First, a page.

What are your options?  You can quit your job and do it yourself. Or you can hire someone to do it for you. But there are two problems with a "personal chef." One is, who can afford it? And the second is, most trained chefs know a lot more about using tons of butter, salt and brandy than about nutrition. They just don’t learn how to create heart-healthy meals. They don’t know how to give kids good eating habits that will last a lifetime. And they have no training in special diets.

I’m not a trained chef. I’m just a really good cook who understands nutrition, pantry management, how to shop, and how to get kids to eat healthy and love it. If you’re a great cook and you love cooking but you just don’t have time to get all the shopping and food prep done, think of me as the person who will provide your family with the same quality of food that you would. And I do all the shopping and leave your kitchen cleaner than when I found it.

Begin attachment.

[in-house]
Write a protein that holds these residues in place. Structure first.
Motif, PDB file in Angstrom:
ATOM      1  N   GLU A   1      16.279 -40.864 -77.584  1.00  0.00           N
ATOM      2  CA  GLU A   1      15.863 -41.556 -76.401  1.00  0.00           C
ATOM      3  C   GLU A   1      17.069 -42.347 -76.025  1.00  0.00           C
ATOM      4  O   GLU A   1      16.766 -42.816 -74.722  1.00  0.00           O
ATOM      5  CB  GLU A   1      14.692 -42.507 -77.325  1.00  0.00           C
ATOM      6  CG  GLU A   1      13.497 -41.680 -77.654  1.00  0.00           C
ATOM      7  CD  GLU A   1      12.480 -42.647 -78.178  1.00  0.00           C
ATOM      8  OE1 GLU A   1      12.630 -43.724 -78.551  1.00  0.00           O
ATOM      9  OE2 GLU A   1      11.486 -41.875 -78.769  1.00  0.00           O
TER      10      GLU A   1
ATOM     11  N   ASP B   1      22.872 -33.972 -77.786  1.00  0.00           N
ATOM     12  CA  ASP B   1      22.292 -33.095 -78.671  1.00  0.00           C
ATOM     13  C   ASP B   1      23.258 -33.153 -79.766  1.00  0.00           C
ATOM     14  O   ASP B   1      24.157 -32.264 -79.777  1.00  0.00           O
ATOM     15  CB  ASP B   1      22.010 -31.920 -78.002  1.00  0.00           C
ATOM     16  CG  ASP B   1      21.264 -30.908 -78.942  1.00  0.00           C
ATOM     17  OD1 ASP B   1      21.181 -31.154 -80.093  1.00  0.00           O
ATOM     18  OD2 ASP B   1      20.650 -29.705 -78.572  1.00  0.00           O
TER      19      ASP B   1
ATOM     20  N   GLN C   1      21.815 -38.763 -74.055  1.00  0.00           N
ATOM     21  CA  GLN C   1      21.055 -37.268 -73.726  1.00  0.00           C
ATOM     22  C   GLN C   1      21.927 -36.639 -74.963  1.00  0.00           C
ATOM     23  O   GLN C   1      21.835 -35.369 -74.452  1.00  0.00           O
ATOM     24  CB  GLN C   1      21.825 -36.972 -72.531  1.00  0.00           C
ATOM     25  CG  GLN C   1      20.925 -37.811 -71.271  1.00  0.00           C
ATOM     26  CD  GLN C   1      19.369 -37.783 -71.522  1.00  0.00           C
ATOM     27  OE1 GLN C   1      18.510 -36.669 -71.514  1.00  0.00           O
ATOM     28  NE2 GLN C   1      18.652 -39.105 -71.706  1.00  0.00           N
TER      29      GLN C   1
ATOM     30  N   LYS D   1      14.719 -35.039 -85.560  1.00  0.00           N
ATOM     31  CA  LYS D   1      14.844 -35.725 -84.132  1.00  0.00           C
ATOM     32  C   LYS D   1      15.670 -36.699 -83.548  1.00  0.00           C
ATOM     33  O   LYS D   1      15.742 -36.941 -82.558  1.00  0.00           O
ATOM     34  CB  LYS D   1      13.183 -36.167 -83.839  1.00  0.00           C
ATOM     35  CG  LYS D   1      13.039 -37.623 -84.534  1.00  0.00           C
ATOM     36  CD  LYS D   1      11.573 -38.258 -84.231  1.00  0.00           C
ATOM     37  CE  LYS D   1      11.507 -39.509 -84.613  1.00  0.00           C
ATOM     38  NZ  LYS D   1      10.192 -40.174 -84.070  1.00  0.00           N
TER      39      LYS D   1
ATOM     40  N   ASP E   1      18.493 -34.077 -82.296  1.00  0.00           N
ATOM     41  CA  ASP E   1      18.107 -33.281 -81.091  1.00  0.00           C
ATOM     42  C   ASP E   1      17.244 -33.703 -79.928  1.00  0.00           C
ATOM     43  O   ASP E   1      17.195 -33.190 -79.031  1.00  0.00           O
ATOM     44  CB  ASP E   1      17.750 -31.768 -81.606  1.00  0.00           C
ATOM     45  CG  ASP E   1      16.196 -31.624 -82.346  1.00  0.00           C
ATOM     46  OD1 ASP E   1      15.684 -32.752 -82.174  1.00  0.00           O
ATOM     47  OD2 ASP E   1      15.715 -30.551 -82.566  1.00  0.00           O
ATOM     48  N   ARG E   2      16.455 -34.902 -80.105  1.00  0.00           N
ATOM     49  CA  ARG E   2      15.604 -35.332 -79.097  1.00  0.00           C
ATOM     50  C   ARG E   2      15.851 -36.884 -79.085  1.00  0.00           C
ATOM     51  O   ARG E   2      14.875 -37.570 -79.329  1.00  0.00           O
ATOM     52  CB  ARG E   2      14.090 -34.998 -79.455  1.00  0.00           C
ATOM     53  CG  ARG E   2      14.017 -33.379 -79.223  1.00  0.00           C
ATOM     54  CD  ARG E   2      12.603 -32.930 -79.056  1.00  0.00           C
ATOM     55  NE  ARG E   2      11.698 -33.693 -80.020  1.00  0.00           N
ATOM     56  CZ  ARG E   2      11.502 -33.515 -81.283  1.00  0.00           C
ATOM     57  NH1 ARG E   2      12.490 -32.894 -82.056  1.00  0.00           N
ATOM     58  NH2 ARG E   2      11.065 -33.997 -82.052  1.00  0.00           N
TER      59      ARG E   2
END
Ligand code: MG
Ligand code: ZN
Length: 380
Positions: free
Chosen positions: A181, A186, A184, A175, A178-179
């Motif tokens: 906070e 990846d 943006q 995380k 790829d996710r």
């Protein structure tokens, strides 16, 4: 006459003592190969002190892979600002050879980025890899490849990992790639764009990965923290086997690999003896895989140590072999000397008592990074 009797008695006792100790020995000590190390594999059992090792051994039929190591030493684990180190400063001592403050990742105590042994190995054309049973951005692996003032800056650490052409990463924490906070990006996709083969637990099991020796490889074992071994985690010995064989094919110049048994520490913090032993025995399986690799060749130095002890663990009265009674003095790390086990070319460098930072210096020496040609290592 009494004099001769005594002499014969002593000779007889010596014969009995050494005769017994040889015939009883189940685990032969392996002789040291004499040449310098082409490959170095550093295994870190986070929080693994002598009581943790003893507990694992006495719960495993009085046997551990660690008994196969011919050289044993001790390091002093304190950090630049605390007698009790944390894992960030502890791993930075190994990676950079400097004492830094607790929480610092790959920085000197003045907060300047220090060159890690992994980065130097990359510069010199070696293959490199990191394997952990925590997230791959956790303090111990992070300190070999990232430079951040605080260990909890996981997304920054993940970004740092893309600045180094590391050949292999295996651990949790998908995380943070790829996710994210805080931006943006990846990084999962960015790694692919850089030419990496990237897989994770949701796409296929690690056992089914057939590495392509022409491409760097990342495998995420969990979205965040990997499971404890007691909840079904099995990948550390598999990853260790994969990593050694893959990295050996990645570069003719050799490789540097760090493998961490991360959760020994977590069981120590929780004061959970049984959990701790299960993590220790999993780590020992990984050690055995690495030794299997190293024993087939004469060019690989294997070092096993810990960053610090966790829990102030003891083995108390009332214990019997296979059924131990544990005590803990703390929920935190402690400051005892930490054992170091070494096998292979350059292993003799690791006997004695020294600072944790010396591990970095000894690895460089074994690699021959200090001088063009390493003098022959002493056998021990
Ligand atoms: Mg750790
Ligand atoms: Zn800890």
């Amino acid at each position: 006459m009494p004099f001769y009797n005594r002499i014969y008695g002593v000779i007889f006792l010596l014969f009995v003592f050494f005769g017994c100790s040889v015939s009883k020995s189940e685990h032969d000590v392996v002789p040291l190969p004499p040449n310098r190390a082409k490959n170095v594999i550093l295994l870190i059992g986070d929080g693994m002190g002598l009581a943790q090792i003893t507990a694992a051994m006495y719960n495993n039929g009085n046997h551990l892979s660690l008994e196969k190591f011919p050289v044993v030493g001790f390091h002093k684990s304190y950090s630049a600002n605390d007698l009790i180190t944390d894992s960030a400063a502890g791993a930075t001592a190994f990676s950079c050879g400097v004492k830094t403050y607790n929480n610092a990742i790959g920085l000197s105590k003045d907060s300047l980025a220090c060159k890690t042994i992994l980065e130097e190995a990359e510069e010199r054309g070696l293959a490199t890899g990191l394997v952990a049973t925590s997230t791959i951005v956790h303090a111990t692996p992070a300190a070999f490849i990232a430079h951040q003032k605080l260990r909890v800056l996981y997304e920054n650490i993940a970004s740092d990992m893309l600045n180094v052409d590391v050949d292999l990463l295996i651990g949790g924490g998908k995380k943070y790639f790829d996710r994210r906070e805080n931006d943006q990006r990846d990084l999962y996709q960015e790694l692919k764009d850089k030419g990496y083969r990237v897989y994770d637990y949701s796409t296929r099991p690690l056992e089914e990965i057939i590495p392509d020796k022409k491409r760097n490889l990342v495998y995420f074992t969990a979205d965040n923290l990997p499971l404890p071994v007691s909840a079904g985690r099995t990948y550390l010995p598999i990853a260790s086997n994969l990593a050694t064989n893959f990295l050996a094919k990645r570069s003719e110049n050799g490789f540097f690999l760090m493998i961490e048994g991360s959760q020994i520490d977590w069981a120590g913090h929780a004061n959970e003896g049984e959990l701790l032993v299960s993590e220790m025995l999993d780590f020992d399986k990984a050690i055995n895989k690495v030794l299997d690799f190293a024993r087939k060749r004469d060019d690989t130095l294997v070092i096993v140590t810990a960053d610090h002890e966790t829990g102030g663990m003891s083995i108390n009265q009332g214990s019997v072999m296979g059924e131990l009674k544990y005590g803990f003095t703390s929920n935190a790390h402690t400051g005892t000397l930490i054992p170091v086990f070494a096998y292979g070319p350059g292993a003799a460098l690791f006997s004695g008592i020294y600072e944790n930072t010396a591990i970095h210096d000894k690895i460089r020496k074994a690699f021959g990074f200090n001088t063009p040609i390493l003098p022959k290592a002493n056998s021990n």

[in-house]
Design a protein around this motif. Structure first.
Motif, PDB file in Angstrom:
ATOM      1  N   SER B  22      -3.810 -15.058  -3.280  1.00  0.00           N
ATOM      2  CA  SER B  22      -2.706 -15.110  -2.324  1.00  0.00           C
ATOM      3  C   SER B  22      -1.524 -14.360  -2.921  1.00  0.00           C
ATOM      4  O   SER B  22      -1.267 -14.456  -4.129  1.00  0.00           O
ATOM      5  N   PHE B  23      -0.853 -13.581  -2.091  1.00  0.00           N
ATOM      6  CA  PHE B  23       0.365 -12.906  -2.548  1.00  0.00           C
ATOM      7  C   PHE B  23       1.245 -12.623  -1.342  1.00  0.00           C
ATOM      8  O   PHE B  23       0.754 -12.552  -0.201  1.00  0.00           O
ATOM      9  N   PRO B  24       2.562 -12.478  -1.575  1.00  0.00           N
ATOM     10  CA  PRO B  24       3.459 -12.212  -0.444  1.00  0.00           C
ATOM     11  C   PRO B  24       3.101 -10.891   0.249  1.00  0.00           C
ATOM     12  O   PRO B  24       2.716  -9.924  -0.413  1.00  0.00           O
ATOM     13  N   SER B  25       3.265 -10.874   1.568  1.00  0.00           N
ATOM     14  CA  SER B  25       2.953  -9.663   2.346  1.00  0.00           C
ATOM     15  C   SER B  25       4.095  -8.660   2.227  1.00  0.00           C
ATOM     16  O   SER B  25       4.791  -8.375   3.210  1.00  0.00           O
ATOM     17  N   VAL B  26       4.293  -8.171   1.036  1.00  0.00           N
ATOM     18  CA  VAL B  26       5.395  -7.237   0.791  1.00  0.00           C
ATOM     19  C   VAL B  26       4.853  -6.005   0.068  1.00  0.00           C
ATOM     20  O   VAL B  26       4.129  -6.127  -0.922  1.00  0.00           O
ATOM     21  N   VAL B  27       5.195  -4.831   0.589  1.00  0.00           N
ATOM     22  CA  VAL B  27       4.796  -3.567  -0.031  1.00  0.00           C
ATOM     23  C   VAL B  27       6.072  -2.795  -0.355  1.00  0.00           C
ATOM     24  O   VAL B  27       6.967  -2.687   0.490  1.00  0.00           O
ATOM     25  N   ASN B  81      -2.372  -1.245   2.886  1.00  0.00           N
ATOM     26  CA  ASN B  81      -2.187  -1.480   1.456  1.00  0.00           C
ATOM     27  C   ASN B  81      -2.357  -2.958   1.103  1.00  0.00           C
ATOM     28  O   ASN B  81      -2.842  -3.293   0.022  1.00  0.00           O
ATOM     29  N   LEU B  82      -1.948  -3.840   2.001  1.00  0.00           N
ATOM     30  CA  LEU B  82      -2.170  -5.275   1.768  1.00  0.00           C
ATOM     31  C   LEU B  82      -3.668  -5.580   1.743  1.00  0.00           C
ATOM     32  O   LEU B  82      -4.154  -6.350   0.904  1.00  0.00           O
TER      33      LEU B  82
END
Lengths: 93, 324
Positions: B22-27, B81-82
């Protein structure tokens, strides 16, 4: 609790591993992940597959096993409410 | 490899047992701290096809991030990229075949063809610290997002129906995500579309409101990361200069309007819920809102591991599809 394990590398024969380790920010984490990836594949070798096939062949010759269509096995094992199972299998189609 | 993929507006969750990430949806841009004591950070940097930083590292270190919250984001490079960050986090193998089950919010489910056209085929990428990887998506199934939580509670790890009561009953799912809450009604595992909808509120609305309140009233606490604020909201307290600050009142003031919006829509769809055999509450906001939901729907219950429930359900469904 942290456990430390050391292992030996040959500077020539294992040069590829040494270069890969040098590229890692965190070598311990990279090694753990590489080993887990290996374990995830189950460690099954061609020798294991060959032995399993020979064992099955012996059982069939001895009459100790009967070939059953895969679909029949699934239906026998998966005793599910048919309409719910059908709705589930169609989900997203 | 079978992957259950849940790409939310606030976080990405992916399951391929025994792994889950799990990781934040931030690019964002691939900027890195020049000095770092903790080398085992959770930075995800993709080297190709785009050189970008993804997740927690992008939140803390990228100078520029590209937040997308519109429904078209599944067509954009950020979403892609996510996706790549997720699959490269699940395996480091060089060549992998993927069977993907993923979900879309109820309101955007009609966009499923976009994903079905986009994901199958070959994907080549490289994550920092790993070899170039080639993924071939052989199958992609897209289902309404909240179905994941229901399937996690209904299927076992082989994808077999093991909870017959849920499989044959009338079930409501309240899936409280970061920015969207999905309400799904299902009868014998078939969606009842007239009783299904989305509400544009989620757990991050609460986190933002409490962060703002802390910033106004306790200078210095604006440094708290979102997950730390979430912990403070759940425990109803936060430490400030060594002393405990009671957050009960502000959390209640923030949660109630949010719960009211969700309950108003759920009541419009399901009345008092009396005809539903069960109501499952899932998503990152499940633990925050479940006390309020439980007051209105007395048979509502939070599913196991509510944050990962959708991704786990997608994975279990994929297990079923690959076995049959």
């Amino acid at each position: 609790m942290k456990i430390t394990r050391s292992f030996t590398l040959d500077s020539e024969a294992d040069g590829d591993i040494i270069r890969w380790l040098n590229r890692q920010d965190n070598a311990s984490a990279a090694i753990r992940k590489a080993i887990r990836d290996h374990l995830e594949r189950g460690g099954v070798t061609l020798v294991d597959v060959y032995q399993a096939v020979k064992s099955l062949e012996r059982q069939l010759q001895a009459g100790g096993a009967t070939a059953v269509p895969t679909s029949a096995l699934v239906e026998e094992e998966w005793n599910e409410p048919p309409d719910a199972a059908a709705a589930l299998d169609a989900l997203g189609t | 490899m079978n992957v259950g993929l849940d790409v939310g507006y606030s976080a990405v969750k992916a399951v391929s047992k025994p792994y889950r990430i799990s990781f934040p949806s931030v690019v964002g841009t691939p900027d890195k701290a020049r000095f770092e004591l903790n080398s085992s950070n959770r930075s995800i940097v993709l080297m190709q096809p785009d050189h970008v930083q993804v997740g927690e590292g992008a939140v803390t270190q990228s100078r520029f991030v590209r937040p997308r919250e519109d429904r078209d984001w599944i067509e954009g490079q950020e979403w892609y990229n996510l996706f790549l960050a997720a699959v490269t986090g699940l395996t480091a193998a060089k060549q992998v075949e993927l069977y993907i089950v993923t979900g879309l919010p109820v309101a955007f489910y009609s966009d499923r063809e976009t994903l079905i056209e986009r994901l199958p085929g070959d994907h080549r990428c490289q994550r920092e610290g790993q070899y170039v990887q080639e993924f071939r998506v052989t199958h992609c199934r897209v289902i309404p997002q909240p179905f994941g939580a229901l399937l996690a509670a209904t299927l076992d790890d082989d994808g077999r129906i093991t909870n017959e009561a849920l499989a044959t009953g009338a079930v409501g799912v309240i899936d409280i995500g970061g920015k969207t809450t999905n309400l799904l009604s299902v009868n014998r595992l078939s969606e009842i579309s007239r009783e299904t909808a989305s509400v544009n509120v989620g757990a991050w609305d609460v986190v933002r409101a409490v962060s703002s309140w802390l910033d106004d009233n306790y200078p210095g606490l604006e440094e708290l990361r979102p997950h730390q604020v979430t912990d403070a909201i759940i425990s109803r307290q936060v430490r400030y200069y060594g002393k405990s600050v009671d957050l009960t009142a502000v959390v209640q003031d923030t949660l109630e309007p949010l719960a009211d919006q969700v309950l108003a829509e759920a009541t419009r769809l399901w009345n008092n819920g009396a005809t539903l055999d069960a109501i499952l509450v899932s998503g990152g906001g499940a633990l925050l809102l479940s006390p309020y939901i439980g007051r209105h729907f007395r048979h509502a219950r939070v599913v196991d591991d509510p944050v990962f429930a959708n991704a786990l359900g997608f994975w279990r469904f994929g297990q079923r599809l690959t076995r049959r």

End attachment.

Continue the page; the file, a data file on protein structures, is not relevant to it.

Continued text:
And because I don’t need to pay off student loans from years of cooking school, I don’t need to charge exorbitant fees for my services. In fact, if you eat out a lot now, you’ll probably save money by using me.

I’m using a number of classic copywriting techniques here: "Reason Why," "Damaging Admission," "Itching, Burning, Swelling," and some others.  (I’m working on a copywriting reference manual and toolkit for business owners – if you’re interested in buying a beta version for a huge discount in exchange for a half hour conversation in which you give me tons of useful feedback, reply to this email and let me know.  But I digress.)  The one I want to highlight is the Reflecting Elephant. The crux of my client’s marketing message is her key differentiator that makes the biggest difference to her clients: SHE CAN GET YOUR PICKY KIDS TO EAT HEALTHY WITHOUT WHINING.

Another Cool Story to Make the Point

Your marketing message has to work harder than you think.  Just stating the really big differentiating feature isn’t enough.  You must lead your prospect by the hand and show how that feature will give them results.  Don’t assume that anyone understands the significance of the things that make you great.